There’s no doubt that the majority of our customer base continues to be a typical end consumer, the majority of our businesses in the United States, as well. We’ve seen that it resonates, obviously, on a one-to-one basis as a pure e-commerce business. But we’ve also seen that in environments, like wholesale and trade, and then also business-to-business, we’ve also had a lot of traction there, too.
Joe Mimran 12:39
Is there a specific criteria you use when you’re vetting products? What do you go through? What’s your internal process for making those decisions?
Byron Peart 12:49
We developed our own assessment reporting tool. It starts with a 40-question survey that’s done virtually, the thing that Dexter mentioned before. We actually launched in 2019. In May, nine months into our development, obviously, we were locked down, so we had to evolve a lot of our auditing process. It was great because it actually, in some ways, works better. We’re able to speak with all of the employees, the artisans who are working with our partners. What we do is we’re looking at everything from the ESG standpoint: The governance of the company, we’re looking at what the ownership structure is, we’re looking at who’s involved, pay equity. It’s quite a lot of information, specifically around resource management materials. We’re looking at waste-reduction initiatives that companies are taking and making. We happen to be ourselves a B Corp-certified company. I also happen to be a board member with B Lab North America. It was important for us to be part of an ecosystem that wasn’t only saying it’s doing good, but reporting on that basis.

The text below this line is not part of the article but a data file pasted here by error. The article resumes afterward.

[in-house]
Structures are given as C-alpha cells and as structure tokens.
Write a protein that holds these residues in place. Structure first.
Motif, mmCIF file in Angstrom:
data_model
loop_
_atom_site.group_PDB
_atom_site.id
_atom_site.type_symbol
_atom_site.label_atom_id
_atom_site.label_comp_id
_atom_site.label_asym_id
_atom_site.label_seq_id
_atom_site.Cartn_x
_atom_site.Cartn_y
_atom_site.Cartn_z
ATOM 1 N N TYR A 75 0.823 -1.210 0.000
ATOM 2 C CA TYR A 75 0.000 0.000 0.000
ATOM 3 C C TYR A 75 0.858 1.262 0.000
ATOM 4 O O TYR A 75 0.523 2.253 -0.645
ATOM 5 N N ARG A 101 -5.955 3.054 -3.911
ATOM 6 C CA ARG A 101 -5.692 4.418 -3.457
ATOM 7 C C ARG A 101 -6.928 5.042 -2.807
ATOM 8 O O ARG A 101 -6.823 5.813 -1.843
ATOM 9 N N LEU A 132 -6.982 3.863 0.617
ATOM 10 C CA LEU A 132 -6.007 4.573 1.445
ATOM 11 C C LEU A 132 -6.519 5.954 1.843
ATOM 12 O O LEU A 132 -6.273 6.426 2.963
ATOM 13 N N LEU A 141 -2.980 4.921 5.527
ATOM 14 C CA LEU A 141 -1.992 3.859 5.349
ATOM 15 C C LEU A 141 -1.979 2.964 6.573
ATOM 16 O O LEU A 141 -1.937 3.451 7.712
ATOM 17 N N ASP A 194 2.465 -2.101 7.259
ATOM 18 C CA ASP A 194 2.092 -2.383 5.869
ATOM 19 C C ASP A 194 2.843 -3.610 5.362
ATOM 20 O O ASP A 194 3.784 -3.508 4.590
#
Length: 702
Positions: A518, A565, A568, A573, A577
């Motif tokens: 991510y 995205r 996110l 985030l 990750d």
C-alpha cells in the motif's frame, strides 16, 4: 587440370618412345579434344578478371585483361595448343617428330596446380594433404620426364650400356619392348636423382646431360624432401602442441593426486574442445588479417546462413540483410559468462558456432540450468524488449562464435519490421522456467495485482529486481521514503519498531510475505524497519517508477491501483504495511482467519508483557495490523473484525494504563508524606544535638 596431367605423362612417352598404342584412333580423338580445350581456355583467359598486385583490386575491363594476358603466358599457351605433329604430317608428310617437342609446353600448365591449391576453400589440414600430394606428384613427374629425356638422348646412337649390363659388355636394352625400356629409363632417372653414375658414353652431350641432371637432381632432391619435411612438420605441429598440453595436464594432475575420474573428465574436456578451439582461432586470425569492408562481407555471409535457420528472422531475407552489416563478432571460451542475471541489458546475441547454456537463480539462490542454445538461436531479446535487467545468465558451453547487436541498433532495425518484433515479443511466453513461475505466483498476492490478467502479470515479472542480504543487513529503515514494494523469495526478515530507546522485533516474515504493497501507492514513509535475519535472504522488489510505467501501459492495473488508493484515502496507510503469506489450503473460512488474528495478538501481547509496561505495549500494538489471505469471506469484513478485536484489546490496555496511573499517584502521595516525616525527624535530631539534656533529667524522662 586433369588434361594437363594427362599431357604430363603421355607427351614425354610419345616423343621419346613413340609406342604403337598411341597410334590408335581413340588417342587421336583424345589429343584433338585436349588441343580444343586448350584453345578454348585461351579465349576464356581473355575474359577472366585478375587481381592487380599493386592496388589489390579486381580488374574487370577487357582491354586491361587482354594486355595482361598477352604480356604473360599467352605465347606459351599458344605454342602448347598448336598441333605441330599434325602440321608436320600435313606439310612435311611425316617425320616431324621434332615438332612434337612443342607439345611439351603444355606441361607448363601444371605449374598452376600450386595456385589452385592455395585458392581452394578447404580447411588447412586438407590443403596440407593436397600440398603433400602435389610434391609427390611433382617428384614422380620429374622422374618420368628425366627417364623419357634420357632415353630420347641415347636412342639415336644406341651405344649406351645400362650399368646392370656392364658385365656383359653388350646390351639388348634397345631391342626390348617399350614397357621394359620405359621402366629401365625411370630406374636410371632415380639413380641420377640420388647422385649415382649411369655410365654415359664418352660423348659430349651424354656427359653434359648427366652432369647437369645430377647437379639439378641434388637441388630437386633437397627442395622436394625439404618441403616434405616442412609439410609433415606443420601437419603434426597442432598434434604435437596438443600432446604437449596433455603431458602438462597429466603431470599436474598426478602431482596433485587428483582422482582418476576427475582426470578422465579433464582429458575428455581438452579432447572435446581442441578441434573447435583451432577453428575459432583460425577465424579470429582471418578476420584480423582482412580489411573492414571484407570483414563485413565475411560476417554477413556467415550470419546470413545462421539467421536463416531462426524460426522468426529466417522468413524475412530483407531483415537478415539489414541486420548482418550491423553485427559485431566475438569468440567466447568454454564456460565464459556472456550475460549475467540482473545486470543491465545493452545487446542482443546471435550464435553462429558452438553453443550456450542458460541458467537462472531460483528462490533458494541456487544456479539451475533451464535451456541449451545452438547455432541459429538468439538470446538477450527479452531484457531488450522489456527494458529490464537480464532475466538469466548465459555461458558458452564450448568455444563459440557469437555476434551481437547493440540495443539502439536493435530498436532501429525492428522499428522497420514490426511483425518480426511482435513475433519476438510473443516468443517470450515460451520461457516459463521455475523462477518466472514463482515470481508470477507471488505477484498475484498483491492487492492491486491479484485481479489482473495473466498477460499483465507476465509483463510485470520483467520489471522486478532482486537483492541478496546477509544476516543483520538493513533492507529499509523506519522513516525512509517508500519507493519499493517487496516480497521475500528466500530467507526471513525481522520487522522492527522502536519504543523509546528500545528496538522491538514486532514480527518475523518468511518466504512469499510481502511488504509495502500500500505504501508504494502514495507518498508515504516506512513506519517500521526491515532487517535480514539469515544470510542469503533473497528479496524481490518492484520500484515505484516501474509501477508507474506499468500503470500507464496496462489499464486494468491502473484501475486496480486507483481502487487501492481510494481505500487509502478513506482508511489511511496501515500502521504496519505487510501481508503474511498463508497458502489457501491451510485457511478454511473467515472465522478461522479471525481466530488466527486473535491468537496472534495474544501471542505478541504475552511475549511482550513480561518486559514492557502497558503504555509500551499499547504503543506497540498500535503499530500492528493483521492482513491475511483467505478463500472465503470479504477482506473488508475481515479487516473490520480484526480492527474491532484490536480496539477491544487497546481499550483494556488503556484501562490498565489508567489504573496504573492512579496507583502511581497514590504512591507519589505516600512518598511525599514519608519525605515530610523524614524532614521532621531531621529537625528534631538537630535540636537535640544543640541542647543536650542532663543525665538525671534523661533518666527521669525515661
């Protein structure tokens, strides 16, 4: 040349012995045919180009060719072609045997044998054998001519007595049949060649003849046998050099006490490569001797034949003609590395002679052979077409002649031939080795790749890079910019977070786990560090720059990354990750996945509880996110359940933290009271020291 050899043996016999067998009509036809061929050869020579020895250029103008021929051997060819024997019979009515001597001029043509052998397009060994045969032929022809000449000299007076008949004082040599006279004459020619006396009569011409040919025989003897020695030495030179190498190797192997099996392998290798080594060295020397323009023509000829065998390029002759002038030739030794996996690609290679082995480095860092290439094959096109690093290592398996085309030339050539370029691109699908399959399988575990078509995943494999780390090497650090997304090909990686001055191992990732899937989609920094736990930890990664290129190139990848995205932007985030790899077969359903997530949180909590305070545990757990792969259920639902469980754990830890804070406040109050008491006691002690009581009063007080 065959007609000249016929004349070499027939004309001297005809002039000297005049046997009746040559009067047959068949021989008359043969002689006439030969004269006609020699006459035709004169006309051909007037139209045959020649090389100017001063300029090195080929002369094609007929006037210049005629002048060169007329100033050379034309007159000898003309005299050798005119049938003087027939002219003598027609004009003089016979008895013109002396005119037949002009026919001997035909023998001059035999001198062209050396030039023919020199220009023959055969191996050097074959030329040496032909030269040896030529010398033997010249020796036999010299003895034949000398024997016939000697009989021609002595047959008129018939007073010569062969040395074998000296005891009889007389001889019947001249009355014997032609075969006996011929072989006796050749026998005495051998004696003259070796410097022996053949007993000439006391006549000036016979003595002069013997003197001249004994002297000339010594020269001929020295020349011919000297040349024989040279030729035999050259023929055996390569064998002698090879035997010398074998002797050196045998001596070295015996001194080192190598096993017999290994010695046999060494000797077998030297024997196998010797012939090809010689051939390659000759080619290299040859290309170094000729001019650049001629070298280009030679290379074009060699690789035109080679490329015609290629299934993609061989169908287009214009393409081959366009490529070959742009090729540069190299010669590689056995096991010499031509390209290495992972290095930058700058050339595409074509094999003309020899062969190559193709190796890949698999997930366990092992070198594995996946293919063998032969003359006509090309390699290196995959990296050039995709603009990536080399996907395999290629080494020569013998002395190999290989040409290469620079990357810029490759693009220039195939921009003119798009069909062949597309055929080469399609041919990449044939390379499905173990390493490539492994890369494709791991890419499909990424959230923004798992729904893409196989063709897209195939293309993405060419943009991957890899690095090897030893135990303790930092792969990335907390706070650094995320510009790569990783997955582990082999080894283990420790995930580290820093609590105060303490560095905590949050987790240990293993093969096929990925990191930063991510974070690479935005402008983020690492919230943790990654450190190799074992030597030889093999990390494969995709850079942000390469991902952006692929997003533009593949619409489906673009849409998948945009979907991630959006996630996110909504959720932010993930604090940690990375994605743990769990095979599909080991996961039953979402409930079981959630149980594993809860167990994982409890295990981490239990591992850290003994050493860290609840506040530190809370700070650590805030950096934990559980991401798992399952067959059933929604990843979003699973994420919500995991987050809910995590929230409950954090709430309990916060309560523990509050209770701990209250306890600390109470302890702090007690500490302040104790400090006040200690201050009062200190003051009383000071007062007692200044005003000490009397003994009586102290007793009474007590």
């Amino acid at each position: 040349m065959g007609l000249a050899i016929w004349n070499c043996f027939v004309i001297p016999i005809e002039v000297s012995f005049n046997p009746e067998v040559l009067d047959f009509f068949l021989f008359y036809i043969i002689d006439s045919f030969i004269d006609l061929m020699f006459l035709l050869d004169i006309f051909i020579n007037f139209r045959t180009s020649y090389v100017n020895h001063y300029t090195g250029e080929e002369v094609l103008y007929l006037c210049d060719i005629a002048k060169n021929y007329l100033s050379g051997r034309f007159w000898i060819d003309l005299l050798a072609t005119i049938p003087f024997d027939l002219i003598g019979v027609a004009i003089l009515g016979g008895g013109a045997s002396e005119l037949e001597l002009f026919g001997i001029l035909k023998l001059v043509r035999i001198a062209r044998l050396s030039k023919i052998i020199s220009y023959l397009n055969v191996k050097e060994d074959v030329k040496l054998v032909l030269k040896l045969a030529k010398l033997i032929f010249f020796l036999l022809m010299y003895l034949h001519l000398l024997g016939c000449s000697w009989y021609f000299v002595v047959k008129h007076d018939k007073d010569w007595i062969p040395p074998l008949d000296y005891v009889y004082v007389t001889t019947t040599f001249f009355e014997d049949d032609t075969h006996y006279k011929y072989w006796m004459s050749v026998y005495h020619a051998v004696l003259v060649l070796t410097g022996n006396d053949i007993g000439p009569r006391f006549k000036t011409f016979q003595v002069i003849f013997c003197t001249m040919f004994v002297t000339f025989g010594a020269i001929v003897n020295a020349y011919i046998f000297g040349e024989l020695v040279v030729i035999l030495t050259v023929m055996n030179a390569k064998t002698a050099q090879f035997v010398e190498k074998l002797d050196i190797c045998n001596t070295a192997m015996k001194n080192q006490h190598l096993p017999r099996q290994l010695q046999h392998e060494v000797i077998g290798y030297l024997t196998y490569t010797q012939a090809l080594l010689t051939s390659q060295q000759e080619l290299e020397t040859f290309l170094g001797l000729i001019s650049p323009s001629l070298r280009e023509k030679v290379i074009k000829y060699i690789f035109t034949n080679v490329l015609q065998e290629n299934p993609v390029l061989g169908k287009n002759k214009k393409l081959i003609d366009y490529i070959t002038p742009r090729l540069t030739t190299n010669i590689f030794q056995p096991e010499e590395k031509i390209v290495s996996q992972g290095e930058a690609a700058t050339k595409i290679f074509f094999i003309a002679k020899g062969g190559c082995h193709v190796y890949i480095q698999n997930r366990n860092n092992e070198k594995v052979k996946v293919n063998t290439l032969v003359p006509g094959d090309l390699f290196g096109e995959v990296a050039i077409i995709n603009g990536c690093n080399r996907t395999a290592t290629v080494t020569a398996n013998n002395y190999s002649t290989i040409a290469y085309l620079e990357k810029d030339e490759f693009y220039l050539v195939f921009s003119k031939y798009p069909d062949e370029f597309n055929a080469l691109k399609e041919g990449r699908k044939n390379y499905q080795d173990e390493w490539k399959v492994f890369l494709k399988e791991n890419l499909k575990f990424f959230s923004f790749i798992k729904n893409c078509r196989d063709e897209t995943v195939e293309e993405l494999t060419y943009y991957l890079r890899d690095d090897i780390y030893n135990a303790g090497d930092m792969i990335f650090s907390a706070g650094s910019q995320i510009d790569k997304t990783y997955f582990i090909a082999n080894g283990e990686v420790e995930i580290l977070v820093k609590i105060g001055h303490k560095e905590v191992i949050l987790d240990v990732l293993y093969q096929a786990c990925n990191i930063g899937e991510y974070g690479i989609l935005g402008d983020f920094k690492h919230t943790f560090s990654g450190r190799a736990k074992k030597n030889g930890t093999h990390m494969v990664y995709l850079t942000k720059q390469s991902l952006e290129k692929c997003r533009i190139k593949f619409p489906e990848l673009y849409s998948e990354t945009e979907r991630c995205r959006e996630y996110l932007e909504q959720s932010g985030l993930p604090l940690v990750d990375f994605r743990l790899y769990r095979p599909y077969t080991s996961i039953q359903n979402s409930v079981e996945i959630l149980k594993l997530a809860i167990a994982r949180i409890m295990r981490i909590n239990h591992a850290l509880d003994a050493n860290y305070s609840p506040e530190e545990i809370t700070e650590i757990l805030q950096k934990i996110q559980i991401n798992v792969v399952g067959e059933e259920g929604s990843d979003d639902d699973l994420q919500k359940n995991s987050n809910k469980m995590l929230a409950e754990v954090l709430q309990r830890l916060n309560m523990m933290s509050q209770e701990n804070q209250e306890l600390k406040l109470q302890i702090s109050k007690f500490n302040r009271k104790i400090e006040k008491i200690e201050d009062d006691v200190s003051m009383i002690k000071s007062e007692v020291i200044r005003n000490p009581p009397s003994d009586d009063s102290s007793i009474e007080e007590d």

What we did with Goodee is we brought that same mindset into our business. So, all of the partners are not only coming to us and saying, “OK, yes, this is intensive what you guys are asking us for, but we want to work together with you because we feel like we’re a part of a bigger ecosystem that’s making change.” It’s fully through product, but also how companies are operating and know-how, they’re running their businesses. It’s robust.
And then the one thing I’ll say to add to that is that, already in our second year of business, we published an impact report, which for a company of our size, was quite significant. Now, we’ve done two, and our third one came out in May. So, all of that information that we’re not only collecting, but we’re monitoring, we have an impact framework plan of development. All of our partners are along that journey with us, and we’re reporting to our end consumer. It’s right on the home page when you come on the platform, so you can see the effect and the impact of that work that we're doing.
Joe Mimran 14:41
That’s excellent, Byron. I think you were saying 85% of your products are exported to the U.S. at this point, which is pretty significant. And that’s really the main goal of these podcasts is to encourage Canadian entrepreneurs to embrace exporting and to learn from wonderful entrepreneurs, like yourself. Just talk a little bit about the decision to really push into the U.S. What were some of the hurdles that, perhaps, you had when you first entered into the U.S. market?
Dexter Peart 15:14
Byron spoke before about how we launched before the pandemic. I think that the United States is already a pretty noisy market. It’s not for the faint of heart to be able to go into the U.S. and try to make a splash, and try to get traction, and try to build awareness and customer engagement. Very early on, because we have had a deep background working in the United States, we felt comfortable that we wouldn’t be able to crack into the market. But it was tough. The first nine months, it was a little bit crickets at the very beginning, like starting out any business. But we stuck with it. We persevered because we knew, not just for the size of the market, but we had an understanding that the stories that we were trying to tell were going to resonate in the American market.